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Integrated community case management of malaria and pneumonia increases prompt and appropriate treatment for pneumonia symptoms in children under five years in Eastern Uganda
Department of Public Health Sciences, Global Health (IHCAR), Karolinska Institutet, Stockholm, Sweden.
Department of Public Health Sciences, Global Health (IHCAR), Karolinska Institutet, Stockholm, Sweden.
Uppsala University, Disciplinary Domain of Medicine and Pharmacy, Faculty of Medicine, Department of Women's and Children's Health, International Maternal and Child Health (IMCH). (Internationell barnhälsa och nutrition/Persson)
African Field Epidemiology Network (AFENET), Kampala, Uganda.
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2013 (English)In: Malaria Journal, ISSN 1475-2875, E-ISSN 1475-2875, Vol. 12, 340- p.Article in journal (Refereed) Published
Abstract [en]

BACKGROUND: Efforts to improve access to treatment for common illnesses in children less than five years initially targeted malaria alone under the home management of malaria strategy. However under this strategy, children with other illnesses were often wrongly treated with anti-malarials. Integrated community case management of common childhood illnesses is now recommended but its effect on promptness of appropriate pneumonia treatment is unclear.ObjectivesTo determine the effect of integrated malaria and pneumonia management on receiving prompt and appropriate antibiotics for pneumonia symptoms and treatment outcomes as well as determine associated factors.

METHODS: A follow-up study was nested within a cluster-randomized trial that compared under-five mortality in areas where community health workers (CHWs) treated children with malaria and pneumonia (intervention areas) and where they treated children with malaria only (control areas). Children treated by CHWs were enrolled on the day of seeking treatment from CHWs (609 intervention, 667 control) and demographic, illness, and treatment seeking information was collected. Further information on illness and treatment outcomes was collected on day four. The primary outcome was prompt and appropriate antibiotics for pneumonia symptoms and the secondary outcome was treatment outcomes on day four.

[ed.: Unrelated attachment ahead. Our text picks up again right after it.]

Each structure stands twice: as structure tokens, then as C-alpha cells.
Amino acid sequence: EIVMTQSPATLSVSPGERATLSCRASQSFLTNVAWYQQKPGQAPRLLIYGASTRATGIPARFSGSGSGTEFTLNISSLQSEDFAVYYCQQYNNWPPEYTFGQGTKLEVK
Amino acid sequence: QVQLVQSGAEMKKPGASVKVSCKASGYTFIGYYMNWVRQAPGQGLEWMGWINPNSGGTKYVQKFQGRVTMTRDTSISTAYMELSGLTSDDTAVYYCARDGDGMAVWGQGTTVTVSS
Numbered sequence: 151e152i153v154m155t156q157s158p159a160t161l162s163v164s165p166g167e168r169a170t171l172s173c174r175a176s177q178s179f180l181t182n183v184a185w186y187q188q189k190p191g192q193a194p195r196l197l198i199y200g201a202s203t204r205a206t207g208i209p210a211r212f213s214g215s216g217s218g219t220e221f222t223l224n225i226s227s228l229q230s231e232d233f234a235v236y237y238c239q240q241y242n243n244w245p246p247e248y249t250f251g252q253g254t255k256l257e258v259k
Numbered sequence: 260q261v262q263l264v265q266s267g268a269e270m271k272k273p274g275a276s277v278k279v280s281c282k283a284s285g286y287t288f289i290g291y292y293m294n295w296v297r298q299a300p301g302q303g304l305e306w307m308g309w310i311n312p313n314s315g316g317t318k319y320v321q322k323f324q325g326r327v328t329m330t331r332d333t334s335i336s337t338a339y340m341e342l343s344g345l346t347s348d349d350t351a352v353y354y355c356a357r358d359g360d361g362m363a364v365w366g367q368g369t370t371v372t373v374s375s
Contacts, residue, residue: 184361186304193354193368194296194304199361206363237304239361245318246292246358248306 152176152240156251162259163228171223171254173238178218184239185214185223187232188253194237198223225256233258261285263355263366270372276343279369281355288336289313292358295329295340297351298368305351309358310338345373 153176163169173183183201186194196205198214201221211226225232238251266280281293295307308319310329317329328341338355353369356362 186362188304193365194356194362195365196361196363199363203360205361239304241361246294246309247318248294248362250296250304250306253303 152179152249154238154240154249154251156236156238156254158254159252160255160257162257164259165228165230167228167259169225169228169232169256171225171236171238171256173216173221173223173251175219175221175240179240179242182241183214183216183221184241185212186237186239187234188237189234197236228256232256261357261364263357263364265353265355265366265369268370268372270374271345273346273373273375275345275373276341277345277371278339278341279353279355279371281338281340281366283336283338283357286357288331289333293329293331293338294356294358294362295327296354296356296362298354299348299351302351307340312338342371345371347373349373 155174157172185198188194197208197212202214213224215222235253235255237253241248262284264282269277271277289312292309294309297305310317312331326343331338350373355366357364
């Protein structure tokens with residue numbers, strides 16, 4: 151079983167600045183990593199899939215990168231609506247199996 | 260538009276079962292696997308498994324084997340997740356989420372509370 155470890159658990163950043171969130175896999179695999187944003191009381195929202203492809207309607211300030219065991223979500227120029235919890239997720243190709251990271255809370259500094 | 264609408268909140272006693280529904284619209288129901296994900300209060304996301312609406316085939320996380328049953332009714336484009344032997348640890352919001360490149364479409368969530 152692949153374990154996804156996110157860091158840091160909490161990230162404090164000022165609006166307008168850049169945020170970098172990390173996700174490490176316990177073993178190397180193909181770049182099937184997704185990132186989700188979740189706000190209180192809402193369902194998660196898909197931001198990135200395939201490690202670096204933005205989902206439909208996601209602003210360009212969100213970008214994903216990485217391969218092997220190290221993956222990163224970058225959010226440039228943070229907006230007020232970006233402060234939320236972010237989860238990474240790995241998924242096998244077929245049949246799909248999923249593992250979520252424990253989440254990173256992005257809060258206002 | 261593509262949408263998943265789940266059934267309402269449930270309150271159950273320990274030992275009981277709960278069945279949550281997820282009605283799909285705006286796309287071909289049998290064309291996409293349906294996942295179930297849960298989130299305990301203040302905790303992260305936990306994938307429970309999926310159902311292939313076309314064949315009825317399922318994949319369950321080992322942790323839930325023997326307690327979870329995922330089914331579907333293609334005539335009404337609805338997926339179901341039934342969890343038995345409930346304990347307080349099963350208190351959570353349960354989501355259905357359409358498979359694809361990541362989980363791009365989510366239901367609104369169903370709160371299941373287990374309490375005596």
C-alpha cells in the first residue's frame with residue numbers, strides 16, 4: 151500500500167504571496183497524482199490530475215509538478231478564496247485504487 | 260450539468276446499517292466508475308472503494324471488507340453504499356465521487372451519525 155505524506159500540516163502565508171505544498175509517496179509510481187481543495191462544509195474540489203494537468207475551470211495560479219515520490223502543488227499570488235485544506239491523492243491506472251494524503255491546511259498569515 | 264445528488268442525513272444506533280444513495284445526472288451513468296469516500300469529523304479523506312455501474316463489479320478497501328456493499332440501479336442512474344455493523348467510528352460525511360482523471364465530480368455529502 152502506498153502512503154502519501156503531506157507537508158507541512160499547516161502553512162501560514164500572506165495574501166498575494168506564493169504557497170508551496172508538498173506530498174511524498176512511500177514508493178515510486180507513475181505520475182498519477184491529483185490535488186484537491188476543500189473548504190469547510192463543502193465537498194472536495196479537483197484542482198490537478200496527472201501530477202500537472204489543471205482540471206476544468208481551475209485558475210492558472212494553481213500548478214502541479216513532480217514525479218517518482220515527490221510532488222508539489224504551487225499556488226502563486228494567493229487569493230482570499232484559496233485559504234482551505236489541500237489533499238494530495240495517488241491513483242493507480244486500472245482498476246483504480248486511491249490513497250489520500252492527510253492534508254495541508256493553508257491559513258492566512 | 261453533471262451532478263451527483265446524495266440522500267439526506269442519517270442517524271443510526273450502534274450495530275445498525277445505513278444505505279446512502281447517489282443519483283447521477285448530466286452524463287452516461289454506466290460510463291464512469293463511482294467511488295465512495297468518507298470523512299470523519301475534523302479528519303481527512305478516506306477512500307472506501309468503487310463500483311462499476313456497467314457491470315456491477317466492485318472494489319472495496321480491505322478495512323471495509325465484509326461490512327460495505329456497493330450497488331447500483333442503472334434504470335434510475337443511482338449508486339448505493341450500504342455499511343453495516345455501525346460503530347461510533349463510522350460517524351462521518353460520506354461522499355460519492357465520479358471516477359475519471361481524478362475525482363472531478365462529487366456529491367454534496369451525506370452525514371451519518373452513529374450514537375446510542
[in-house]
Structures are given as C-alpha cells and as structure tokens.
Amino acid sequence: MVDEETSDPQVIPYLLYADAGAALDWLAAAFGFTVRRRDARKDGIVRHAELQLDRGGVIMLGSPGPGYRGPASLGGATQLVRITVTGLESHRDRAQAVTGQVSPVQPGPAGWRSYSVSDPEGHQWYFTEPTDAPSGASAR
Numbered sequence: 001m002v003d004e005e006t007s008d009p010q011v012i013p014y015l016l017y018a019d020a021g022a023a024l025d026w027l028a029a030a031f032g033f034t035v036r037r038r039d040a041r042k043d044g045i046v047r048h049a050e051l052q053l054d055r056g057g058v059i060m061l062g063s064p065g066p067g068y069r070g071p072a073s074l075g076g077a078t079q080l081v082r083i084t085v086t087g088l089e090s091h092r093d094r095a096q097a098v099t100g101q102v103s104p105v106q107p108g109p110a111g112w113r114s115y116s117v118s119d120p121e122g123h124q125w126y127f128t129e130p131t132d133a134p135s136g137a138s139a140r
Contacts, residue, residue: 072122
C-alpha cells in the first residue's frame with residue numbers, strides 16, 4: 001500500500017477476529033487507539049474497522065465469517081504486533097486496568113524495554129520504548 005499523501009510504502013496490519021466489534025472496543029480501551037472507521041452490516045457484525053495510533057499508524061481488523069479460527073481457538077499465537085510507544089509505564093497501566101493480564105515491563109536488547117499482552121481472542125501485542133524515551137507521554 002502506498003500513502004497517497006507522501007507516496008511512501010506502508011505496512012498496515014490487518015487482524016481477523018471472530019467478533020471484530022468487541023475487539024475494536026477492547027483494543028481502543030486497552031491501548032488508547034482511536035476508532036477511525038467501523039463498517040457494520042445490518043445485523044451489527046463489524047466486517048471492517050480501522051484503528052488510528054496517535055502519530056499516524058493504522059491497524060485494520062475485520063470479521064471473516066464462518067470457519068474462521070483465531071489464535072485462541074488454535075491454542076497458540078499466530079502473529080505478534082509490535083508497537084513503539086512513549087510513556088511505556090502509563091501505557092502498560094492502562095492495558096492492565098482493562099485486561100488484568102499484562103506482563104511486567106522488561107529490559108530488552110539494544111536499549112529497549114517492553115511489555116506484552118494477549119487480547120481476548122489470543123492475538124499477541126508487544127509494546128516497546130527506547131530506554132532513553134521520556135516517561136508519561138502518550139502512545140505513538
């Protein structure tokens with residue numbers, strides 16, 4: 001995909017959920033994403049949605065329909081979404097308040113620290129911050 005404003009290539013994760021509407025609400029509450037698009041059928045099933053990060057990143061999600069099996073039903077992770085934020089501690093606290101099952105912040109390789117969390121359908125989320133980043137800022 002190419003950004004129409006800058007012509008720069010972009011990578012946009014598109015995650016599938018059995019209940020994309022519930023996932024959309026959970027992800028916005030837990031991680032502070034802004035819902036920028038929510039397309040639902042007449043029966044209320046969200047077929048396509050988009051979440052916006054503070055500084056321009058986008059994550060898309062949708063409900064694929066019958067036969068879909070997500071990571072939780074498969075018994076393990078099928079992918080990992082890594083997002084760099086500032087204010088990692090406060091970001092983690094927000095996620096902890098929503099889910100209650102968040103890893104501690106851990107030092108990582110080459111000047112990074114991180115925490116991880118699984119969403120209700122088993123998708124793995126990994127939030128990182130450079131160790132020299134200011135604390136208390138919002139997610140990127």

RESULTS: Children in the intervention areas were more likely to receive prompt and appropriate antibiotics for pneumonia symptoms compared to children in the control areas (RR = 3.51, 95%CI = 1.75-7.03). Children in the intervention areas were also less likely to have temperature >=37.5[degree sign]C on day four (RR = 0.29, 95%CI = 0.11-0.78). The decrease in fast breathing between day one and four was greater in the intervention (9.2%) compared to the control areas (4.2%, p-value = 0.01).

CONCLUSIONS: Integrated community management of malaria and pneumonia increases prompt and appropriate treatment for pneumonia symptoms and improves treatment outcomes. Trial registrationISRCTN: ISRCTN52966230.

Place, publisher, year, edition, pages
2013. Vol. 12, 340- p.
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Medical and Health Sciences
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URN: urn:nbn:se:uu:diva-208295DOI: 10.1186/1475-2875-12-340ISI: 000324823800001PubMedID: 24053172OAI: oai:DiVA.org:uu-208295DiVA: diva2:651820
Available from: 2013-09-27 Created: 2013-09-27 Last updated: 2017-12-06Bibliographically approved

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